SANTA FE, N.M. (AP) -- New Mexico Gov. Michelle Lujan Grisham proposed a roughly half-billion dollar increase to annual spending on public education on Thursday in an effort to overhaul the state's struggling school system and respond to lawsuits by parents and school districts.

The budget proposal from the newly inaugurated Democrat would increase annual general fund spending by 13 percent, from $6.3 billion to $7.1 billion, for the fiscal year that begins July 1. The Legislature convenes next week to craft a budget amid a windfall in state government income linked to booming oil and natural gas production in the state's southeast corner.

The governor's proposal includes pay raises across public schools and state government, and represents a sharp departure from austere budgeting by her Republican predecessor. Public-school and state jobs would pay at least $12 an hour.

Here is a glance at major proposed budget provisions:



Sixty percent of the governor's proposed spending increase would go toward public education.

Starting salaries for teachers would rise. All teachers, principals and staff would be in line for a six percent bump in pay.

The plan also directs $113 million in new spending toward the education of students from low-income and minority families and those learning English as a second language or living with disabilities.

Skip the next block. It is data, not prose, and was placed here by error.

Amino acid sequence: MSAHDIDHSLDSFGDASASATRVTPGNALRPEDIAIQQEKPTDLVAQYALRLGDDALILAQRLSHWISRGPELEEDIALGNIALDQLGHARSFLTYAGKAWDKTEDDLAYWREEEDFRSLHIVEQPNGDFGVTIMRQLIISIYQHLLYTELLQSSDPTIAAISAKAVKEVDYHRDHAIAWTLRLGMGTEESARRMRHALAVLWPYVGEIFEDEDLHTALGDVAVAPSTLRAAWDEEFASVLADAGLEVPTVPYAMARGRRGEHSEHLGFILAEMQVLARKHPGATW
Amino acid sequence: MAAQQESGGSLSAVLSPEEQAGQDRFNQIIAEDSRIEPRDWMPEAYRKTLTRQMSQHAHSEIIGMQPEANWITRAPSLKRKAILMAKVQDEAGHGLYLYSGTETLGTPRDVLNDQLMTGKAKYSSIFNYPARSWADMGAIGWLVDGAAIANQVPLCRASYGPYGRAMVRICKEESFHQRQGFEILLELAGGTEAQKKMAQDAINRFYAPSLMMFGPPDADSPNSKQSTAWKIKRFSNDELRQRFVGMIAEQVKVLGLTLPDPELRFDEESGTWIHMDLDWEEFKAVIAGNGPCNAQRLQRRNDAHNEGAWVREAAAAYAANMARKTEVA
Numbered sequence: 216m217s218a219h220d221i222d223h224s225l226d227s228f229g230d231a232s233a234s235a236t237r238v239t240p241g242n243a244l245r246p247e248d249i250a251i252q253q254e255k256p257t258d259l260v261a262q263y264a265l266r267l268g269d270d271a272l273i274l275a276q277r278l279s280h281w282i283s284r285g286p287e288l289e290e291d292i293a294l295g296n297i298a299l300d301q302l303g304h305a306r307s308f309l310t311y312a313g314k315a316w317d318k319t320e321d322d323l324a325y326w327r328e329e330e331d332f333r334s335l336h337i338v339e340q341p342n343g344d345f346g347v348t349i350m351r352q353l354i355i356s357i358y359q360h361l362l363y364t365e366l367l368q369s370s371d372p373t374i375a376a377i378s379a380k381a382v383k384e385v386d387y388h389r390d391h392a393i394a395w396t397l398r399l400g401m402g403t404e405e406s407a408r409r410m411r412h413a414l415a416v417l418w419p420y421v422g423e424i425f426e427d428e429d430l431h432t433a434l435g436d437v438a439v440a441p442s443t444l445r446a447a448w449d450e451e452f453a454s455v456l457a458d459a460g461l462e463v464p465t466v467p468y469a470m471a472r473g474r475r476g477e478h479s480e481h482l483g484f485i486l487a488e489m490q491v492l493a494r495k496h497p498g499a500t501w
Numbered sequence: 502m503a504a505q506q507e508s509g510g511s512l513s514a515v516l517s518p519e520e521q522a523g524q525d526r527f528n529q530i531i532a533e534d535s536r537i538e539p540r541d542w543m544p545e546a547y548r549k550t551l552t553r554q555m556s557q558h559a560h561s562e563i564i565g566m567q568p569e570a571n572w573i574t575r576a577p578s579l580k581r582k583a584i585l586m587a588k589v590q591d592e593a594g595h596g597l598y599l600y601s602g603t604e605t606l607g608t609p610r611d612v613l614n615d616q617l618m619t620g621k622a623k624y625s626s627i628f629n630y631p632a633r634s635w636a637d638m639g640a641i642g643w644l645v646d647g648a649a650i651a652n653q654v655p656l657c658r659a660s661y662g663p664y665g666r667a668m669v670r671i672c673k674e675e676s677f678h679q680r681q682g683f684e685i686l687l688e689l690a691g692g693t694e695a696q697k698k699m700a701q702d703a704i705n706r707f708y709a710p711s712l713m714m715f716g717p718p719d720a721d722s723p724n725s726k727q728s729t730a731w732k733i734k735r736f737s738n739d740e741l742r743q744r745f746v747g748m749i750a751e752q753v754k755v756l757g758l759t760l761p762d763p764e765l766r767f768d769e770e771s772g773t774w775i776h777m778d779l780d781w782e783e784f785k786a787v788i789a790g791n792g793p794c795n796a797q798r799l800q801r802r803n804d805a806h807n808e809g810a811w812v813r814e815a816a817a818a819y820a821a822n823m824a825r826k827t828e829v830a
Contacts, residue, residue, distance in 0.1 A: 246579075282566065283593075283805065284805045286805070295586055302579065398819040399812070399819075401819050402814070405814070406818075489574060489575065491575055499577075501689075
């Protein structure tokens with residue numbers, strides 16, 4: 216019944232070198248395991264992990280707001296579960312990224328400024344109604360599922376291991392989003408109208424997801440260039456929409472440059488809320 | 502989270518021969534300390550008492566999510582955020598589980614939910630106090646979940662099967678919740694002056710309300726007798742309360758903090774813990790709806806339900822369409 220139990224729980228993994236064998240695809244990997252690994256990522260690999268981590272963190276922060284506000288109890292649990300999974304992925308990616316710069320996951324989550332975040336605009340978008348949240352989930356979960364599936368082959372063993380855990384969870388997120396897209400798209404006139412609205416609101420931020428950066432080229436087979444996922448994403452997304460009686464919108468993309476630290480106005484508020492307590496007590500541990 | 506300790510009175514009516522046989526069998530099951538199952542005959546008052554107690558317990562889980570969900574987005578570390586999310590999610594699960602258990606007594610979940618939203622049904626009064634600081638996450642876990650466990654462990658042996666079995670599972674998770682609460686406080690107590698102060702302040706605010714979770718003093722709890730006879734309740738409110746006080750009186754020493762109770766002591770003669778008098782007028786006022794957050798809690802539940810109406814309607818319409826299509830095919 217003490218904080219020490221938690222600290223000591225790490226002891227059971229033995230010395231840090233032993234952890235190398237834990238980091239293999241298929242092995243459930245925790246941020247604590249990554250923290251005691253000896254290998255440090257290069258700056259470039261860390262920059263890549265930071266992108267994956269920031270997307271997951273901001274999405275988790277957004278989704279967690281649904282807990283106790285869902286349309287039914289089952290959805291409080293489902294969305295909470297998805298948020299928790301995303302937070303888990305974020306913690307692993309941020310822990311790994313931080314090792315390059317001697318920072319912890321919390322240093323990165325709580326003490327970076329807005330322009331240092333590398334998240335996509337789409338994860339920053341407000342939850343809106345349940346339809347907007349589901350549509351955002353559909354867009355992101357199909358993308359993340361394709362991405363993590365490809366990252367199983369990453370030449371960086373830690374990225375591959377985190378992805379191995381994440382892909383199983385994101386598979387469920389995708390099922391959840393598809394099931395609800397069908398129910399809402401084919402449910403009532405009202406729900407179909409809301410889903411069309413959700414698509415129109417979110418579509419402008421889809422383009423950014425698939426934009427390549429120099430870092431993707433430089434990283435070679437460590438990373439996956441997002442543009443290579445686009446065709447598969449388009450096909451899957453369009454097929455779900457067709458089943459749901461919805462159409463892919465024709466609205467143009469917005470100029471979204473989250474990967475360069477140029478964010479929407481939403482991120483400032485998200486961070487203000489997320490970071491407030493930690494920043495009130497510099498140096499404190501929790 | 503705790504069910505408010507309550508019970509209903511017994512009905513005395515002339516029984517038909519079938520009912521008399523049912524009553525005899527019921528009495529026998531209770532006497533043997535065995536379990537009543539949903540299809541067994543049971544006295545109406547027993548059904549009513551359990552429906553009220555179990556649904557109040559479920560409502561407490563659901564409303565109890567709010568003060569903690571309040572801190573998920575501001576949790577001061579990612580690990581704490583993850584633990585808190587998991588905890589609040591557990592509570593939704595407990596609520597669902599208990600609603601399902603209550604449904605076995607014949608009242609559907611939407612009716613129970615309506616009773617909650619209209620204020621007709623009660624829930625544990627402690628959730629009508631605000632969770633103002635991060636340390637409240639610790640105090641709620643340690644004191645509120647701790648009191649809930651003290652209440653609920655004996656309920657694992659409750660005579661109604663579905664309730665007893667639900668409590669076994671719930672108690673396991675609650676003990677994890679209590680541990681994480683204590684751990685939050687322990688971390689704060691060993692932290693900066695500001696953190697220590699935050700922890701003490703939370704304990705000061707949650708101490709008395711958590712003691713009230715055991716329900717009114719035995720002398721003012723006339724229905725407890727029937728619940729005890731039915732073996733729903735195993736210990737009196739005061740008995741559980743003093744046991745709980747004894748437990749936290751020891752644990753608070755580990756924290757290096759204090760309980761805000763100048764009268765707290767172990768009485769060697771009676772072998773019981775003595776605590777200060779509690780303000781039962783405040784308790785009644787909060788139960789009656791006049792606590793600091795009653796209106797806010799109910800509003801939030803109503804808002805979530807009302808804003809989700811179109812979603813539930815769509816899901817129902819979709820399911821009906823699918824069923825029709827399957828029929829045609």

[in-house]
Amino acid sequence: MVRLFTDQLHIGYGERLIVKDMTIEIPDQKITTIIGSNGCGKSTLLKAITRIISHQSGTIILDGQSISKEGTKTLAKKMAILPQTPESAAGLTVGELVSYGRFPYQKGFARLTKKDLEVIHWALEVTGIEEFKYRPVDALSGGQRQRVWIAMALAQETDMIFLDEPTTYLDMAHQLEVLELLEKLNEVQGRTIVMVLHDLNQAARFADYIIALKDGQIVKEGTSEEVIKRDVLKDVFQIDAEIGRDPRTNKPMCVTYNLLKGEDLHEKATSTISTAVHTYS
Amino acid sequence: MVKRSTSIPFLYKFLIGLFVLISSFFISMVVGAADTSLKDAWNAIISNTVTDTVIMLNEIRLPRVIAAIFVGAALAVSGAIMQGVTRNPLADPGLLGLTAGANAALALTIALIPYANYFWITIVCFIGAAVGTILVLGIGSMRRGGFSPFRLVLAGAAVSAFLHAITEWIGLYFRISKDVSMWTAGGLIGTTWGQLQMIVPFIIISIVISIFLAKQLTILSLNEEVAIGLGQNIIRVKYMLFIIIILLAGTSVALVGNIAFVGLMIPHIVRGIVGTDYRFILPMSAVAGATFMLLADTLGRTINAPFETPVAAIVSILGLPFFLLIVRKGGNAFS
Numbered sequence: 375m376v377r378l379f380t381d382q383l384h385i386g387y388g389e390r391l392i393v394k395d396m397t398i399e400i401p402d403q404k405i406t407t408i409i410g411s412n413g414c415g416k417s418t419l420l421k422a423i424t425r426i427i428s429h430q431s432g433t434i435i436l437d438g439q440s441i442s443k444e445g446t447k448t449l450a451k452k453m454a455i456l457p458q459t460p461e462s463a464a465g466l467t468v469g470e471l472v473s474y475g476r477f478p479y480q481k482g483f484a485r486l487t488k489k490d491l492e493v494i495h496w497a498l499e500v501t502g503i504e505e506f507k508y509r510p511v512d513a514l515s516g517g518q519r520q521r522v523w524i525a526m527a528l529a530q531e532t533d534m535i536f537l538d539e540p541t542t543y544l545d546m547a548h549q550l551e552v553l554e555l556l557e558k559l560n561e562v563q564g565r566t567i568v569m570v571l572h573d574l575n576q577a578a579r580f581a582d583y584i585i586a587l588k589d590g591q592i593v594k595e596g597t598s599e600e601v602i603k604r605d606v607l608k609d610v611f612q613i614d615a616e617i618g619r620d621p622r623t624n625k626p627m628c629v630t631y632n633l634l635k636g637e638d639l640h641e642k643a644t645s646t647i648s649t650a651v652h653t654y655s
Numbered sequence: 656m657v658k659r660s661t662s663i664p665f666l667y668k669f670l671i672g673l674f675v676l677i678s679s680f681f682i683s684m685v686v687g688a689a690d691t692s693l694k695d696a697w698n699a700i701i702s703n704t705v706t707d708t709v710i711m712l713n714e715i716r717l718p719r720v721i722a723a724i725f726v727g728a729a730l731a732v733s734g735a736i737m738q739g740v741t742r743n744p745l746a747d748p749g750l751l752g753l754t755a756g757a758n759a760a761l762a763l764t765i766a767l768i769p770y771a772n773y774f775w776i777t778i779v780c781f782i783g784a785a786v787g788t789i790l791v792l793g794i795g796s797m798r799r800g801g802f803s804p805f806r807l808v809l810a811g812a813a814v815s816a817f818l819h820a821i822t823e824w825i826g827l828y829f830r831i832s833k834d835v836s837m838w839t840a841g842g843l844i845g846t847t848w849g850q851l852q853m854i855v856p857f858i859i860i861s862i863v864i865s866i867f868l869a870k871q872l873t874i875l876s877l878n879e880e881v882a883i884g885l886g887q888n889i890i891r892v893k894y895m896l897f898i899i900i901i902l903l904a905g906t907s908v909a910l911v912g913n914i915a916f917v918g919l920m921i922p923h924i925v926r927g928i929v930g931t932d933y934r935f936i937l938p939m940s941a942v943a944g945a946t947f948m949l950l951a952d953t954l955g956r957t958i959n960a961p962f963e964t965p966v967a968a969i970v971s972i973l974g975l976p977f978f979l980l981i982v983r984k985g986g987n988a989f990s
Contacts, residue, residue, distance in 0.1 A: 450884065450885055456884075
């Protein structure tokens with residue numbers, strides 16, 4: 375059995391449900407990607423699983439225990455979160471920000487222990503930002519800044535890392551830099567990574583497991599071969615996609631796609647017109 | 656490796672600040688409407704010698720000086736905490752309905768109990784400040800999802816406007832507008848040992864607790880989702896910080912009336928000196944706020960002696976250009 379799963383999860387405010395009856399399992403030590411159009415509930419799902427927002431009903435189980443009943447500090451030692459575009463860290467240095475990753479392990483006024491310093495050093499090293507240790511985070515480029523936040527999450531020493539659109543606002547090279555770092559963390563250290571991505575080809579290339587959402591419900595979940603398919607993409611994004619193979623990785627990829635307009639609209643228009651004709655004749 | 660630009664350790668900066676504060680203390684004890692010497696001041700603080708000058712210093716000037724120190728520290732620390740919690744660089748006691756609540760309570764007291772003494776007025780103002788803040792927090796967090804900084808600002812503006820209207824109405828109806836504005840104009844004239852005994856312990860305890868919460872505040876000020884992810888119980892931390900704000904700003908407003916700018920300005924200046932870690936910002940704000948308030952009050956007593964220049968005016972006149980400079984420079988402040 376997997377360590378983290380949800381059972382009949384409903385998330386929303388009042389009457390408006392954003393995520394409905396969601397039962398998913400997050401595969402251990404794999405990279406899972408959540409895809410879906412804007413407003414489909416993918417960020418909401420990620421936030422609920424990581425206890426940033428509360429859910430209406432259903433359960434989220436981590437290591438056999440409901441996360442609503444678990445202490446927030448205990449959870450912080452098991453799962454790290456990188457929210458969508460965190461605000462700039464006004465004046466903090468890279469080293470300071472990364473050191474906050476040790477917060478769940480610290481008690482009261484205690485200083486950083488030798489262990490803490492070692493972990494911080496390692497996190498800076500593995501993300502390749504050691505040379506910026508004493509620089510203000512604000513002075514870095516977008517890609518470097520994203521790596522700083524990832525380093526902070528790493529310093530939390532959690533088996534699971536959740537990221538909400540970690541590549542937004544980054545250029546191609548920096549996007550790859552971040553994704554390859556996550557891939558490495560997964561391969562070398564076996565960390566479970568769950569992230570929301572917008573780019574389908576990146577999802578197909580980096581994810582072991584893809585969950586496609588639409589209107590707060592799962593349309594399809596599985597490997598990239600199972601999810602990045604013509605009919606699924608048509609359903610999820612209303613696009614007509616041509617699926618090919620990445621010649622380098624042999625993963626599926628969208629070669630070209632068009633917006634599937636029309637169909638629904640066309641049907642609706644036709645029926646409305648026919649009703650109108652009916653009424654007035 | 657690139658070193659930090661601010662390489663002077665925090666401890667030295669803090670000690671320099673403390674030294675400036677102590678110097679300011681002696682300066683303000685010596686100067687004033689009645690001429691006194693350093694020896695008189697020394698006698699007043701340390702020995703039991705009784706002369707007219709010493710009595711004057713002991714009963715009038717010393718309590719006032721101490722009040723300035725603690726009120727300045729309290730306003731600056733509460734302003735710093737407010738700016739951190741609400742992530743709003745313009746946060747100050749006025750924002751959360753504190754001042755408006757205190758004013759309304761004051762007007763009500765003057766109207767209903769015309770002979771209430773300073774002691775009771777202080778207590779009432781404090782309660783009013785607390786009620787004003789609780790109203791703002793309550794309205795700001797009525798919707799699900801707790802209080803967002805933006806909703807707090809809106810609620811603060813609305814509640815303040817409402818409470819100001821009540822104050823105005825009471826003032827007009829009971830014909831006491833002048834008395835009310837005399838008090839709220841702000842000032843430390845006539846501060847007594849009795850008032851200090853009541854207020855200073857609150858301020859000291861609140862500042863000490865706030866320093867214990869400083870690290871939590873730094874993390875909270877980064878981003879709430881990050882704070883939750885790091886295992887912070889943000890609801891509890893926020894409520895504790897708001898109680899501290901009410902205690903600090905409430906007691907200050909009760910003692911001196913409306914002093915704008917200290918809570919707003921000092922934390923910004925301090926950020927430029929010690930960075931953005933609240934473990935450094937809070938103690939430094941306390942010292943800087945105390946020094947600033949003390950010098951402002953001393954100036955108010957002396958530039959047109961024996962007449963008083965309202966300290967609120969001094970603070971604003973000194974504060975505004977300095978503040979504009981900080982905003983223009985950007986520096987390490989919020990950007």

Money would be set aside to add 25 days to the school year for students in kindergarten through fifth grade at most schools. All schools would receive funding for an additional three school days to extend learning time.



Lujan Grisham campaigned on pledges to pursue universal access to preschool, and her first budget draft sets aside $60 million toward the effort. The goal is 80 percent enrollment within five years.

The governor also has promised to tap into the state's multibillion-dollar Land Grand Permanent Fund to underwrite early childhood education. That would require legislative approval and a statewide referendum.

The budget also sets money for bilingual and multicultural education, in particular for the Native American population.



New Mexico's protective services system for abused or neglected children has struggled to keep pace with high rates of mistreatment, amid a string of high-profile child killings.

The governor's budget proposal adds 102 staff positions to the protective services division. State spending at the Children, Youth and Families Department would increase by $36 million. More money would go toward a Health Department program that helps parents care for infants and toddlers.



State government workers would receive a pay increase of between 4 percent, for those making under $25,000, and 2 percent, for salaries over $50,000.

Lujan Grisham wants to increase the state contribution to employee pensions by half a percentage point. Mounting unfunded pension obligations for teachers and public employees in New Mexico have led to downgrades in the credit rating for the state and the city of Albuquerque that increase borrowing costs.

The governor's budget plan aims to set aside $1.8 billion in reserves -- a cushion to insulate the state from future recessions or slumps in the oil sector.